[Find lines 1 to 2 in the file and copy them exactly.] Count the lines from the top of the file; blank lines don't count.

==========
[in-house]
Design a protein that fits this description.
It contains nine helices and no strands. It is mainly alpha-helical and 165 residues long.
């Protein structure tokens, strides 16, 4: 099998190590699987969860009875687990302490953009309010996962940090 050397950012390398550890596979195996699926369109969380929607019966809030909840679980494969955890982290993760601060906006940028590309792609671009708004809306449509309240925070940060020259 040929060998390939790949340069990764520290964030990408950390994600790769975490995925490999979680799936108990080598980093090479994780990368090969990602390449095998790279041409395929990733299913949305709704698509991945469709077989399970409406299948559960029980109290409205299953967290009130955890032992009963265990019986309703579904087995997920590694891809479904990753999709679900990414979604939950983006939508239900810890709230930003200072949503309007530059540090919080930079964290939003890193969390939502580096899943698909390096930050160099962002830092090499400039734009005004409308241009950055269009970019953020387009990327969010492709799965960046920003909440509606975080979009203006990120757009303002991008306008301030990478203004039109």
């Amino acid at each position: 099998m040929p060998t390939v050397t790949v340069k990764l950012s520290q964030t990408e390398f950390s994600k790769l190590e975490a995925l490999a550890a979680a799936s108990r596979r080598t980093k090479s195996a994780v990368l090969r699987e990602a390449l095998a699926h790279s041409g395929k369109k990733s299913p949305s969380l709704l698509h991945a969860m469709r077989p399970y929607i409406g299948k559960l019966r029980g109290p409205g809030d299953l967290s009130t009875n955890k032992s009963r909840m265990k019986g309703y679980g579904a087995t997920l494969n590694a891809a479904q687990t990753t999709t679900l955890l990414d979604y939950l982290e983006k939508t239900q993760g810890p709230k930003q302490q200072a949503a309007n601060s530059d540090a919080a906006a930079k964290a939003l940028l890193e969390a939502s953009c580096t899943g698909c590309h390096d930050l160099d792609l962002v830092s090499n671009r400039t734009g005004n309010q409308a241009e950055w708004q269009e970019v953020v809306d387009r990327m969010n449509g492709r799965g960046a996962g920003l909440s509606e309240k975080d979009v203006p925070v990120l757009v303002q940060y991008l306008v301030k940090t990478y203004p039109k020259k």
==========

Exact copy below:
[in-house]
Design a protein that fits this description.